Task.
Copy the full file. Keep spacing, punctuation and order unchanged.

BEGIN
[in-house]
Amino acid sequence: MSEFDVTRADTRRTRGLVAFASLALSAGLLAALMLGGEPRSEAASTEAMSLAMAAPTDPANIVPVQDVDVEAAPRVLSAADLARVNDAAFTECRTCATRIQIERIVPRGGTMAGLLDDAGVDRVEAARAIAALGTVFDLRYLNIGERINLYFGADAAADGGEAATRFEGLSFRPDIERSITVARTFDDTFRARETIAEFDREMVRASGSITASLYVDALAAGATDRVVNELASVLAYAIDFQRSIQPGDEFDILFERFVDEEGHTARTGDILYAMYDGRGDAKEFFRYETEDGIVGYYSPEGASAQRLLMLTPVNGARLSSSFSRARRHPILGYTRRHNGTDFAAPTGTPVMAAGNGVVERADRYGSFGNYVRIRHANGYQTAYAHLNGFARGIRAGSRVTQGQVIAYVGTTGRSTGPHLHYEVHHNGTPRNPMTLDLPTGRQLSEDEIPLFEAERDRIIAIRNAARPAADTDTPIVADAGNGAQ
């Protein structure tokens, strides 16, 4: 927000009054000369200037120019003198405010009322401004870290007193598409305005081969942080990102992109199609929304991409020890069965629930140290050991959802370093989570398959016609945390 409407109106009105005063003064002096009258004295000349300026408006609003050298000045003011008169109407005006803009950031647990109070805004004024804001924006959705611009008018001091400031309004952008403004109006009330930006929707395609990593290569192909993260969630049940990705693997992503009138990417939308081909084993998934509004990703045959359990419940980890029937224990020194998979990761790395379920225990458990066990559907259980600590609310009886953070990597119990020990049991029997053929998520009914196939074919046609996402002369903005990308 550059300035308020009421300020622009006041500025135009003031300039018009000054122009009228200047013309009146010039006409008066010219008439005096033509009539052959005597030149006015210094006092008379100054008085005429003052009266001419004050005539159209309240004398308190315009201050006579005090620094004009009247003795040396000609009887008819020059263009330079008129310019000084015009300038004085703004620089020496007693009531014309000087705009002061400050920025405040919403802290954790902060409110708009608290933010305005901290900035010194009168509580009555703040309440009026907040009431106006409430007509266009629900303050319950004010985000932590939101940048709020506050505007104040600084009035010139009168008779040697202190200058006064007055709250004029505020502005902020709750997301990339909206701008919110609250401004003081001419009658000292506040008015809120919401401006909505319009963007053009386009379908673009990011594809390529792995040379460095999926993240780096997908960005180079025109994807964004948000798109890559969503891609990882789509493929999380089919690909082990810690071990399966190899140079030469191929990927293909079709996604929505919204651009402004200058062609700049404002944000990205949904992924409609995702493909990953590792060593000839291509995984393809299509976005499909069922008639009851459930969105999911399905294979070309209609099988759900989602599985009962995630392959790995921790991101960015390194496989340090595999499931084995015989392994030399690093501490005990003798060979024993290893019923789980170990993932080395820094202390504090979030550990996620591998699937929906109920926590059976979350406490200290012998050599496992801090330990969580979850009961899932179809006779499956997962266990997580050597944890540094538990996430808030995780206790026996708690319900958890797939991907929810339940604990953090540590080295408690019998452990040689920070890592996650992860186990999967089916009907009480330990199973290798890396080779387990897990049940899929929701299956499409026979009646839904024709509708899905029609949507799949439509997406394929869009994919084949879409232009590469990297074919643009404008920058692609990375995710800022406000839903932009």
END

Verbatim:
[in-house]
Amino acid sequence: MSEFDVTRADTRRTRGLVAFASLALSAGLLAALMLGGEPRSEAASTEAMSLAMAAPTDPANIVPVQDVDVEAAPRVLSAADLARVNDAAFTECRTCATRIQIERIVPRGGTMAGLLDDAGVDRVEAARAIAALGTVFDLRYLNIGERINLYFGADAAADGGEAATRFEGLSFRPDIERSITVARTFDDTFRARETIAEFDREMVRASGSITASLYVDALAAGATDRVVNELASVLAYAIDFQRSIQPGDEFDILFERFVDEEGHTARTGDILYAMYDGRGDAKEFFRYETEDGIVGYYSPEGASAQRLLMLTPVNGARLSSSFSRARRHPILGYTRRHNGTDFAAPTGTPVMAAGNGVVERADRYGSFGNYVRIRHANGYQTAYAHLNGFARGIRAGSRVTQGQVIAYVGTTGRSTGPHLHYEVHHNGTPRNPMTLDLPTGRQLSEDEIPLFEAERDRIIAIRNAARPAADTDTPIVADAGNGAQ
């Protein structure tokens, strides 16, 4: 927000009054000369200037120019003198405010009322401004870290007193598409305005081969942080990102992109199609929304991409020890069965629930140290050991959802370093989570398959016609945390 409407109106009105005063003064002096009258004295000349300026408006609003050298000045003011008169109407005006803009950031647990109070805004004024804001924006959705611009008018001091400031309004952008403004109006009330930006929707395609990593290569192909993260969630049940990705693997992503009138990417939308081909084993998934509004990703045959359990419940980890029937224990020194998979990761790395379920225990458990066990559907259980600590609310009886953070990597119990020990049991029997053929998520009914196939074919046609996402002369903005990308 550059300035308020009421300020622009006041500025135009003031300039018009000054122009009228200047013309009146010039006409008066010219008439005096033509009539052959005597030149006015210094006092008379100054008085005429003052009266001419004050005539159209309240004398308190315009201050006579005090620094004009009247003795040396000609009887008819020059263009330079008129310019000084015009300038004085703004620089020496007693009531014309000087705009002061400050920025405040919403802290954790902060409110708009608290933010305005901290900035010194009168509580009555703040309440009026907040009431106006409430007509266009629900303050319950004010985000932590939101940048709020506050505007104040600084009035010139009168008779040697202190200058006064007055709250004029505020502005902020709750997301990339909206701008919110609250401004003081001419009658000292506040008015809120919401401006909505319009963007053009386009379908673009990011594809390529792995040379460095999926993240780096997908960005180079025109994807964004948000798109890559969503891609990882789509493929999380089919690909082990810690071990399966190899140079030469191929990927293909079709996604929505919204651009402004200058062609700049404002944000990205949904992924409609995702493909990953590792060593000839291509995984393809299509976005499909069922008639009851459930969105999911399905294979070309209609099988759900989602599985009962995630392959790995921790991101960015390194496989340090595999499931084995015989392994030399690093501490005990003798060979024993290893019923789980170990993932080395820094202390504090979030550990996620591998699937929906109920926590059976979350406490200290012998050599496992801090330990969580979850009961899932179809006779499956997962266990997580050597944890540094538990996430808030995780206790026996708690319900958890797939991907929810339940604990953090540590080295408690019998452990040689920070890592996650992860186990999967089916009907009480330990199973290798890396080779387990897990049940899929929701299956499409026979009646839904024709509708899905029609949507799949439509997406394929869009994919084949879409232009590469990297074919643009404008920058692609990375995710800022406000839903932009």